All of this I reject adamantly. In whatever time I have left, and with whatever level of energy I may have, I vow to flame out for Jesus. Pedal to the metal. Sprint to the finish. Leave it all on the field. Sip your beer with the fat guys if you want, I’m jumping in the trenches. Will it cost me my life? Hopefully. 

Loving Yourself Unselfishly Acts 20:18-24

Keep Yourself in the Love of God: The Epistle of Jude (please excuse my coughing fit — I know it's distracting)

Human Religion Leads to Sin: Jude, verses 8-11

Love in Four Directions. Part 1: Love God's Creation. Genesis, chapter 1

And Cain turned homicidal

After the devastating deception, God promised Eve that although the accuser, satan, would continue to strike at the heel, her offspring, her seed, would crush the serpent’s head. (Genesis 3:15) She quite understandably assumed that when she gave birth to her son Cain, that prophecy would be fulfilled through him. She exalted joyously. (Genesis 4:1) Later, when Abel was born, the scripture simply states the fact. No big deal. 

Subsequently, Cain must have grown up feeling pretty special. He was the one who would set this mess straight. So, as an adult, he seems to have reasoned that since his parents offended the Creator by stealing fruit, he would set things to rights by returning fruit to YHWH. Hence, his offering.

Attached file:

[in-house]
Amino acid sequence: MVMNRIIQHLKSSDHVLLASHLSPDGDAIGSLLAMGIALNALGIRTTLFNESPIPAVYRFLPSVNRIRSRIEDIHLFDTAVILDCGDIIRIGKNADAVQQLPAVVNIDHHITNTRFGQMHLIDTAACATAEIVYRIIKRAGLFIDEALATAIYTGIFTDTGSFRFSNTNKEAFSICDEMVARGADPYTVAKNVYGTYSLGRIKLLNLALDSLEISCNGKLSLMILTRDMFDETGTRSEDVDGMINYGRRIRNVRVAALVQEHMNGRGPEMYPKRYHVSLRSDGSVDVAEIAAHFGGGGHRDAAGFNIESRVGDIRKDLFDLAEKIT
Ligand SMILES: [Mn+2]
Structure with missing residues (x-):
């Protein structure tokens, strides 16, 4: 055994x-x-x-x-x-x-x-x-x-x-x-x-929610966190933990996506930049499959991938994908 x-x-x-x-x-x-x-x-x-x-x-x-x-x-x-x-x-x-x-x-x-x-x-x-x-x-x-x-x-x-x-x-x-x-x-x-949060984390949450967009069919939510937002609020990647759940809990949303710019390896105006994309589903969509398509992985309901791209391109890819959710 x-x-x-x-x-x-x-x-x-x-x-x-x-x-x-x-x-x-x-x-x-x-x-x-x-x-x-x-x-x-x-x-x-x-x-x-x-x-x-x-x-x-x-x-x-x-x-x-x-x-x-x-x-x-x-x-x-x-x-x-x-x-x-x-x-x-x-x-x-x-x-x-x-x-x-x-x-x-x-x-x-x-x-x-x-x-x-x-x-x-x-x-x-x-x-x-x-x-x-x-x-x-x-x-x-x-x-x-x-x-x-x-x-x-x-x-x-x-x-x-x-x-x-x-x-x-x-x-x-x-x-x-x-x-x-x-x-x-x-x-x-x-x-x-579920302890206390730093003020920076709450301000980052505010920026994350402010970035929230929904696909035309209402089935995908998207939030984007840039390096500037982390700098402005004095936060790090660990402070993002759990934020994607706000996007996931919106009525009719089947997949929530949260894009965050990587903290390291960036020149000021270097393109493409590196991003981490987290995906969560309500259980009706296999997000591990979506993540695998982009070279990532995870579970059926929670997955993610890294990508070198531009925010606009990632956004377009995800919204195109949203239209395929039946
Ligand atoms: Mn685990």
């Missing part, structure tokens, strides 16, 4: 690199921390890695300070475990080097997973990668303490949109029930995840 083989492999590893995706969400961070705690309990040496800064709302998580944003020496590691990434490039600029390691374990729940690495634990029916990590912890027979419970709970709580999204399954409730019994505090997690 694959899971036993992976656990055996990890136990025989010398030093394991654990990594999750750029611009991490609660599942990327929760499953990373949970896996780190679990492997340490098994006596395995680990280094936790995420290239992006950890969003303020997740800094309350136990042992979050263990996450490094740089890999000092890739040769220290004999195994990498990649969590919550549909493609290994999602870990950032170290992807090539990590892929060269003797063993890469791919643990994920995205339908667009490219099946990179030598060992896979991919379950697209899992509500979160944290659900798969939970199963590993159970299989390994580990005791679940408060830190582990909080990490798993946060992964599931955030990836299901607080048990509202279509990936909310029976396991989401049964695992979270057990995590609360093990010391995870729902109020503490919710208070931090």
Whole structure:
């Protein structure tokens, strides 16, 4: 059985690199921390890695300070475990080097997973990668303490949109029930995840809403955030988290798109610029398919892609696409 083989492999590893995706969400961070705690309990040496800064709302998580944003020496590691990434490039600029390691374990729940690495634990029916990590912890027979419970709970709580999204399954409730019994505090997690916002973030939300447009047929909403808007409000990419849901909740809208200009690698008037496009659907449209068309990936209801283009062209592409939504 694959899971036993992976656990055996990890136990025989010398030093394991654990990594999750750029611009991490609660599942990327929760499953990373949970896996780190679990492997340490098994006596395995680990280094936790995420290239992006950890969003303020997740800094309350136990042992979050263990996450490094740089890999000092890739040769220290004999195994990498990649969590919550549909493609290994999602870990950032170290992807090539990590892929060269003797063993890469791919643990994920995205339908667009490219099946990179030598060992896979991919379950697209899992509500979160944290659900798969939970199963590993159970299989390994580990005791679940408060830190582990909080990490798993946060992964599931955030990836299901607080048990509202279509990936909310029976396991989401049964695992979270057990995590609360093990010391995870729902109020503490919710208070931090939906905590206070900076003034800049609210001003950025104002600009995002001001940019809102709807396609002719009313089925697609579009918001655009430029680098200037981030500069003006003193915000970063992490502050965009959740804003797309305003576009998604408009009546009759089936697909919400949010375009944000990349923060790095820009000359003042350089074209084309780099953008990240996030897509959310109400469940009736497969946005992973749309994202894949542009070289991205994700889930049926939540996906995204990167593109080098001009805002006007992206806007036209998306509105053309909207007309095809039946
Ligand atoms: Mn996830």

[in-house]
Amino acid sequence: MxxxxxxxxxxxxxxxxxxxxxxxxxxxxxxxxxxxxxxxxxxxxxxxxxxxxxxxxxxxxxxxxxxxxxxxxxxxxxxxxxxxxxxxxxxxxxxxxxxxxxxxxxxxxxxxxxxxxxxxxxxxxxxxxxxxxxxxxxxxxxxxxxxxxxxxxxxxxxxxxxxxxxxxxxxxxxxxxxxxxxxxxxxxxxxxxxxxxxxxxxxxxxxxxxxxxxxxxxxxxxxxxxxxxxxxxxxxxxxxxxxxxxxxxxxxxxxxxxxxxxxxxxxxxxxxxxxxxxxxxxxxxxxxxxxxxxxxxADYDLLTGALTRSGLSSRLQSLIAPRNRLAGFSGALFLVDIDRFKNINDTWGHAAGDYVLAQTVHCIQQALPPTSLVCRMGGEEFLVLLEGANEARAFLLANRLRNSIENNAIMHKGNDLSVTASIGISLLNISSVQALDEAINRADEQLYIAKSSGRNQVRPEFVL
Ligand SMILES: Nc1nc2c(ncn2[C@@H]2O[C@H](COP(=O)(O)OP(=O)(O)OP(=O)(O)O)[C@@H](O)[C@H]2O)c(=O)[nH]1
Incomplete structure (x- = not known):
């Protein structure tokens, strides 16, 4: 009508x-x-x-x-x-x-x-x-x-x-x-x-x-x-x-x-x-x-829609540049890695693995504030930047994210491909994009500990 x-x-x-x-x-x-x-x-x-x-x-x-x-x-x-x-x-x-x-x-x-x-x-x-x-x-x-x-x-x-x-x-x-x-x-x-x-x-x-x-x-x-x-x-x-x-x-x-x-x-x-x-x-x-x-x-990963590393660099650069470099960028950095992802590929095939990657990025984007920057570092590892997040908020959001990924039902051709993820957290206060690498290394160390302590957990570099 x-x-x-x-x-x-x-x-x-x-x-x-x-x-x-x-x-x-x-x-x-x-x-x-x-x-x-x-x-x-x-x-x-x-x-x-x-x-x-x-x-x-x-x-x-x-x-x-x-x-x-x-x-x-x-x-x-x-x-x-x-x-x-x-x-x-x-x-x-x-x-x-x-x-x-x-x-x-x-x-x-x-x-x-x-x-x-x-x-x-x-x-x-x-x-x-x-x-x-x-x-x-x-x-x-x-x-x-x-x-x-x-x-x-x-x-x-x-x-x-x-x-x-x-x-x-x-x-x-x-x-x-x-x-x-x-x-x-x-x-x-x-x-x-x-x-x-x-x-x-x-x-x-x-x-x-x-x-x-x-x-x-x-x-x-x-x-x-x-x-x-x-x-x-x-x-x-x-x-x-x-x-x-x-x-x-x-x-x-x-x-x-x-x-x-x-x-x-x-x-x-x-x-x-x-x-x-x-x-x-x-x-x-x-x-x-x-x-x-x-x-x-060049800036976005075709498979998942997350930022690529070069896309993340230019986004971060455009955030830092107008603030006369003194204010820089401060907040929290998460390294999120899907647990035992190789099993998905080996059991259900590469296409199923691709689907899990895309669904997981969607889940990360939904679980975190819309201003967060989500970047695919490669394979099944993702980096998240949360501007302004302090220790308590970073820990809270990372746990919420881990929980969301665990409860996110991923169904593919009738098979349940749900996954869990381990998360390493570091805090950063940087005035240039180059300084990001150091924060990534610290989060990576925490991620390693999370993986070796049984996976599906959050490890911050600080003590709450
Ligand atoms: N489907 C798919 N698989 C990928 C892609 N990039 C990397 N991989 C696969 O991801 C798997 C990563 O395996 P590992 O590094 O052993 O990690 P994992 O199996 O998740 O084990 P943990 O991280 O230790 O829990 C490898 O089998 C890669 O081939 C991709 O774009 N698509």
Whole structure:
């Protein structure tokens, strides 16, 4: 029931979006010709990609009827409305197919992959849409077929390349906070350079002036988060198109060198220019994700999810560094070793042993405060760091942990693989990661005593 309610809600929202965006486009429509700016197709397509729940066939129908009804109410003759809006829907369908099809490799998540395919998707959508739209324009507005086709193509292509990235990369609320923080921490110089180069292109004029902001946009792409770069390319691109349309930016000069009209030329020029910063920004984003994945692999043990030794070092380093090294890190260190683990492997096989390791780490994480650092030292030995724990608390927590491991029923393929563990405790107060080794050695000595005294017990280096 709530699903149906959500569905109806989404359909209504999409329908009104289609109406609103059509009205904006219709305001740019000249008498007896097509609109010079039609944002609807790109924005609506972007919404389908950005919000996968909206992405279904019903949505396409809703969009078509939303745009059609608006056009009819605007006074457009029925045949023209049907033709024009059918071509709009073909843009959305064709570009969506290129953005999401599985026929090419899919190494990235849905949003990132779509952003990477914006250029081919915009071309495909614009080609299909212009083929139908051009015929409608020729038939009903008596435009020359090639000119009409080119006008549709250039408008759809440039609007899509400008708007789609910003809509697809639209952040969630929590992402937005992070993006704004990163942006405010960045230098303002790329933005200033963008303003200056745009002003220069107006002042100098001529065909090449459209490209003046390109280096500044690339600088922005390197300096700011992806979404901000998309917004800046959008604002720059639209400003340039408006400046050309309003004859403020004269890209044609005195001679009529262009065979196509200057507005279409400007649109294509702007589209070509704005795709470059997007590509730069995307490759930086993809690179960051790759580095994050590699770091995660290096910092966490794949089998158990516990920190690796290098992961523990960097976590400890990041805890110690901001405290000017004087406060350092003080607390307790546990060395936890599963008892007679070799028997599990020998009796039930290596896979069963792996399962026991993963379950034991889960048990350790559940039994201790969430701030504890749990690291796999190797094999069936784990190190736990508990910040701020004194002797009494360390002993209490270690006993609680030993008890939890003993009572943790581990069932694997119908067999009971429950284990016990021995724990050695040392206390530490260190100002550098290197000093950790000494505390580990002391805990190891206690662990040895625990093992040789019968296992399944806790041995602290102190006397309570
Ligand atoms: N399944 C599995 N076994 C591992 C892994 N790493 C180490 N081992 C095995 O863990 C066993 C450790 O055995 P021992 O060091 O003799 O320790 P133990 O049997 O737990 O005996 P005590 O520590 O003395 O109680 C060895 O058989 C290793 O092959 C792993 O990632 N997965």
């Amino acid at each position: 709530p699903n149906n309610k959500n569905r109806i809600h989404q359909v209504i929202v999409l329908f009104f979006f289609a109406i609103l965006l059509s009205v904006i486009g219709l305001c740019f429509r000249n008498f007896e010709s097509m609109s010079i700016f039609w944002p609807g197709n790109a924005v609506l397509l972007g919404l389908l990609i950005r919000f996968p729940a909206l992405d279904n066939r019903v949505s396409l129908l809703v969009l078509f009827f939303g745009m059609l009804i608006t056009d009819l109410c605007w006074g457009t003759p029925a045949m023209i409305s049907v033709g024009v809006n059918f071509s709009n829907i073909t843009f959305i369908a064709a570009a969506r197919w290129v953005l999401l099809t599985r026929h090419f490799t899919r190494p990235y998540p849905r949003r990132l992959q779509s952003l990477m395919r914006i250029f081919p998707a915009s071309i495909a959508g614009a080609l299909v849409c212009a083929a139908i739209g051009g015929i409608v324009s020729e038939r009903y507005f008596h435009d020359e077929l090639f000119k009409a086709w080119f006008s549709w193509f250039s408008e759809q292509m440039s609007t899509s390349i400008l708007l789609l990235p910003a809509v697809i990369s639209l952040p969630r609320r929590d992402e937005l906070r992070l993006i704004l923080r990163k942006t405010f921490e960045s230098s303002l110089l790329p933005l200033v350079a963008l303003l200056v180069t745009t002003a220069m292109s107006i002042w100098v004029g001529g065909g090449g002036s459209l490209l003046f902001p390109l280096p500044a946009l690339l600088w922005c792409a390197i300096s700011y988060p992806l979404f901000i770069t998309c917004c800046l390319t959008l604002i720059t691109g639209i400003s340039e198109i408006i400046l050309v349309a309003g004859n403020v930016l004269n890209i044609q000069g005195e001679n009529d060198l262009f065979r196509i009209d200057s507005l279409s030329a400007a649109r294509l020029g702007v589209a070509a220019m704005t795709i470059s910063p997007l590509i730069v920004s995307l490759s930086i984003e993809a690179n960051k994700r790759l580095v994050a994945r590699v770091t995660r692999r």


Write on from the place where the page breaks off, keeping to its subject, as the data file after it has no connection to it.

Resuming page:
Religion was born – not the true religion of spreading God’s shalom to others because we love God, but human religion that substitutes pride for worship. Cain seeking to make things right between people and God by way of ritual, by way of doing something “religious.” That’s what human religion is all about – human effort through good works and ritual to get God on our side.

Abel, on the other hand, wasn’t trying to get God to do anything. Abel was simply expressing love to God with a freewill offering. It had nothing to do with blood. God never asked for blood; in fact, throughout the Bible, God makes it clear He wants nothing to do with blood sacrifices. (See Psalm 40:6; 51:16; Hosea 6:6; Hebrews 10:8, and Jesus’ words in Matthew 9:13 & 12:7.) People are perpetually misquoting Hebrews 9:22, which is talking about the Law of Moses, which has been done away with. Read the entire verse: According to the law, in fact, nearly everything must be purified with blood, and without the shedding of blood there is no forgiveness.Blood sacrifices were the stuff of the pagans. God accommodated it when His people set the system up, but it was never God’s plan. Later, God in Jesus entered into that blood-sacrifice system and offered Himself, the Lamb of God, in order to once and for all do away with both the system and the sin it represented. That’s the major theme of the New Testament book of Hebrews. Abel’s act was one of pure worship. Cain’s was one of religious manipulation.